|Our vision is to turn money from a problem to a solution. Money is social: when we spend, save, invest or run a business, it impacts others; for us, a financial literate person is someone who does not harm others when managing money. It is not about ‘getting rich’. Financial responsibility is more sustainable than individualistic financial literacy.|
Money is a problem when:
- Many people struggle with debts: debts shape their priorities, push them to earn more, thus impacting the environment, stress them and foster inequalities, migration, vulnerability or even slavery.
- The prevalent attitude is to ‘get rich now’: it makes people take unthoughtful and emotional decisions, believe in scams more easily and turn a blind eye to unethical practices.
- Money is seen as personal: spouses or families don’t decide together, causing arguments, divorces and estate issues, and the impact of consumption or investment decisions on others is ignored.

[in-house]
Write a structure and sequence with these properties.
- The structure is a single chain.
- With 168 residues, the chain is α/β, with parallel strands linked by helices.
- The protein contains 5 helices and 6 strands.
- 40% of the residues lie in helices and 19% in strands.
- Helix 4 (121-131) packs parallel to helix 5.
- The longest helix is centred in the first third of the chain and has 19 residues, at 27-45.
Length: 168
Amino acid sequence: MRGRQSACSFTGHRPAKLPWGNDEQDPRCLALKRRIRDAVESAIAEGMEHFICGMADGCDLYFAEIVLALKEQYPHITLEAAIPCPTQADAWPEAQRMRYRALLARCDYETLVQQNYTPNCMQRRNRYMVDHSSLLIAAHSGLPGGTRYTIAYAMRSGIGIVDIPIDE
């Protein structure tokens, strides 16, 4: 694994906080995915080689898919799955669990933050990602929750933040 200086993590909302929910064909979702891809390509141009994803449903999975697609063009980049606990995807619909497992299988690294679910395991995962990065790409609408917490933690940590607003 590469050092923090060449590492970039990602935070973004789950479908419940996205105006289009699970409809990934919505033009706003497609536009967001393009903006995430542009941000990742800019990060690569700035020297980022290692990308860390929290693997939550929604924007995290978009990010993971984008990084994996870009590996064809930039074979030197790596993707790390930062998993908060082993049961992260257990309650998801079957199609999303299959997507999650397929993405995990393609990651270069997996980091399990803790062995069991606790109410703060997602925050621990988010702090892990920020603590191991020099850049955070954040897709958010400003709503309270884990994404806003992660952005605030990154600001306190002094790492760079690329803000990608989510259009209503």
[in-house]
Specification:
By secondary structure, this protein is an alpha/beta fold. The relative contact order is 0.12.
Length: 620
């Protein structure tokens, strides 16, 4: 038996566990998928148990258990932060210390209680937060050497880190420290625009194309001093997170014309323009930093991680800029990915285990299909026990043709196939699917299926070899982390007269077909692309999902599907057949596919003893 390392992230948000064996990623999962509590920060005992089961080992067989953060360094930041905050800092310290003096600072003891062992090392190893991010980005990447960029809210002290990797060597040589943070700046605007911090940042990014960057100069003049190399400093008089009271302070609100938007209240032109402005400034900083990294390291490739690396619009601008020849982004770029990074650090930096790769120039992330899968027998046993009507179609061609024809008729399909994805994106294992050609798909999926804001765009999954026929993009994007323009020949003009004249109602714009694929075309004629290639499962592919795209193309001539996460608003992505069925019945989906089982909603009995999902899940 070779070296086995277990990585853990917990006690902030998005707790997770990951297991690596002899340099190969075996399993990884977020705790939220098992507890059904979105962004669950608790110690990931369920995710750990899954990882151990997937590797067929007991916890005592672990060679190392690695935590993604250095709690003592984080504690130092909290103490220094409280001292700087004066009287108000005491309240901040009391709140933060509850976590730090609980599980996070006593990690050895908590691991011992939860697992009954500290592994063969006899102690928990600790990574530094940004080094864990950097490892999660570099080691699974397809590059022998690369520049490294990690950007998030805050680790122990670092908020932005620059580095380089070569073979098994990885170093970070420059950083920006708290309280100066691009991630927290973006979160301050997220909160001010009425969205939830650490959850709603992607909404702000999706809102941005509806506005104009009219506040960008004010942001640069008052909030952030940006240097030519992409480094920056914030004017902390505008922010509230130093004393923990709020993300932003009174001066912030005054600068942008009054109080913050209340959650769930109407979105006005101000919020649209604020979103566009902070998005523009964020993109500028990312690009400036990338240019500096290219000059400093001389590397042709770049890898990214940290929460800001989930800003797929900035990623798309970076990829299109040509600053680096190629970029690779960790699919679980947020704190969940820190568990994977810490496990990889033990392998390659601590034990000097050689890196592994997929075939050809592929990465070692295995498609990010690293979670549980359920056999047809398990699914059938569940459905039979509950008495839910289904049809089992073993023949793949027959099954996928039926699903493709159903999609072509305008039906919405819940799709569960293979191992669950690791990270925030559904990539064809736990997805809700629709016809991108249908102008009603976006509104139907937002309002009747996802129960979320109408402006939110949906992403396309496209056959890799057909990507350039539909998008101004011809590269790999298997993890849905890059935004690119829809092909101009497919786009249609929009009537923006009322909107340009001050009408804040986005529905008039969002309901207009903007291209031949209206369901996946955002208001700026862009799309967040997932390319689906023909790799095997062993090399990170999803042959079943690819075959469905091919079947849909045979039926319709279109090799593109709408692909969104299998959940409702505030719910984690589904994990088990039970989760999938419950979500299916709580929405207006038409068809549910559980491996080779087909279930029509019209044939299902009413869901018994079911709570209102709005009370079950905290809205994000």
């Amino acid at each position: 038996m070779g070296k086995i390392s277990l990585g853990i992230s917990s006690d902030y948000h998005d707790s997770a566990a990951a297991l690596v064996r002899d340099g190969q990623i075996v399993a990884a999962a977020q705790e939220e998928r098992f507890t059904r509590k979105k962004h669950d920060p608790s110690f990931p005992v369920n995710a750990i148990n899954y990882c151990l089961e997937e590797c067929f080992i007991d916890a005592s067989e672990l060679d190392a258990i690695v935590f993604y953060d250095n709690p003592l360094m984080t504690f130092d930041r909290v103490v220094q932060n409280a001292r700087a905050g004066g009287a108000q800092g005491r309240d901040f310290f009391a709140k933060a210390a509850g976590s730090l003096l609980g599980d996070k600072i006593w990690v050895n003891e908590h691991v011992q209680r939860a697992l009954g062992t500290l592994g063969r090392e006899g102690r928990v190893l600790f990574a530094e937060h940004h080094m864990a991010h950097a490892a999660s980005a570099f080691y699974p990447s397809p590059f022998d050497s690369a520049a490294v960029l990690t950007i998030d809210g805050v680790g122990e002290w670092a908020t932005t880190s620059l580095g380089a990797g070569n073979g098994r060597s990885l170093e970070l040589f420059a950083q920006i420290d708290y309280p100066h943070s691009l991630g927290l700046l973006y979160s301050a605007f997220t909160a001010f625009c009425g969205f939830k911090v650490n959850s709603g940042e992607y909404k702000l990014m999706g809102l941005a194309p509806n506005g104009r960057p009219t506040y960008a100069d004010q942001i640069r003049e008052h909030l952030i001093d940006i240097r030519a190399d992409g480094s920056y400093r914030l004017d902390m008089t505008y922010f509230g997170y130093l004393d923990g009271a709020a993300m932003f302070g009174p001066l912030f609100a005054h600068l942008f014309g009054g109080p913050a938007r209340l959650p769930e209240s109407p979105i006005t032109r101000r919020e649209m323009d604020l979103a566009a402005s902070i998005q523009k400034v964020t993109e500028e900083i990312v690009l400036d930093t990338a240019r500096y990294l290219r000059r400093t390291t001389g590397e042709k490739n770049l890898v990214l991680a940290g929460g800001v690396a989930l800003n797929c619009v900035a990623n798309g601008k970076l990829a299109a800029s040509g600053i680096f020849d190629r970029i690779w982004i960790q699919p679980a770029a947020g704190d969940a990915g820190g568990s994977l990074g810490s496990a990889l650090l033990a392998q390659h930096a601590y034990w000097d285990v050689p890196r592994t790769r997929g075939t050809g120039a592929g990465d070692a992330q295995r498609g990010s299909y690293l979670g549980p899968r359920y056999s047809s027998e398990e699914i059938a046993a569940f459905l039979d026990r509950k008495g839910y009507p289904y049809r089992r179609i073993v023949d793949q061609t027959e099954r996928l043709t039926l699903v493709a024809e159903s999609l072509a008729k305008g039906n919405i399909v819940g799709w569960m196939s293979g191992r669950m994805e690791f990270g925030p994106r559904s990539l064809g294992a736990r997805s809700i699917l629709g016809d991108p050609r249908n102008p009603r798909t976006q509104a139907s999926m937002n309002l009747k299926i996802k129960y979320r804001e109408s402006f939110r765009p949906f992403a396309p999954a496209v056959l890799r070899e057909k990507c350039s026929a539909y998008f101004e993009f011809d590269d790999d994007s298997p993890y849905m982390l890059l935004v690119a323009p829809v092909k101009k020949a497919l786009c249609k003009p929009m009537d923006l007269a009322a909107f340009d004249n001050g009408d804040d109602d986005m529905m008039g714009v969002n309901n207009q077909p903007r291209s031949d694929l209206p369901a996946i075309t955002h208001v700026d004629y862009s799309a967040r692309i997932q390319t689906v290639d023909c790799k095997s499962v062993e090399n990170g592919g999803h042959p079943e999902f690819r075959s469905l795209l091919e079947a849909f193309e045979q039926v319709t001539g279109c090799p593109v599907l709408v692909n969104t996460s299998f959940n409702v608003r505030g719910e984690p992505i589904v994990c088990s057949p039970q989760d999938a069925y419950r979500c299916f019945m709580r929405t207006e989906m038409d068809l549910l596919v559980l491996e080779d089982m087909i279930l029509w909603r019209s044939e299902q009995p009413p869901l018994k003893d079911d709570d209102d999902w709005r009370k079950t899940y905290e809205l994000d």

- Money is only seen as a technical topic: financial education is reduced to using relevant financial products, ignoring feelings, power struggle, social interactions triggered by finance.
a+b=3‘s training programmes aim to encourage:
- Problem solving: to positively impact their lives, participants to our programme learn to analyse their problems – whether financial or not – and find practical solutions that work for them and their family.
- Common sense and critical thinking: we use daily life language and situations and colourful pictures to make money less mysterious and build participants’ confidence.
- Ethics and mindfulness: money is a social tool that links people: someone’s income is someone else’s expense. Honesty and fairness are more critical to make this world a better place than saving or planning.
- Respect: Earning a low income doesn’t mean not being able to manage money. Each programme is highly participatory and built from what people already know.
- Role-modelling: we empower social workers, NGOs staff, low-income people who then positively influence their peers and families.
Money counts, people matter.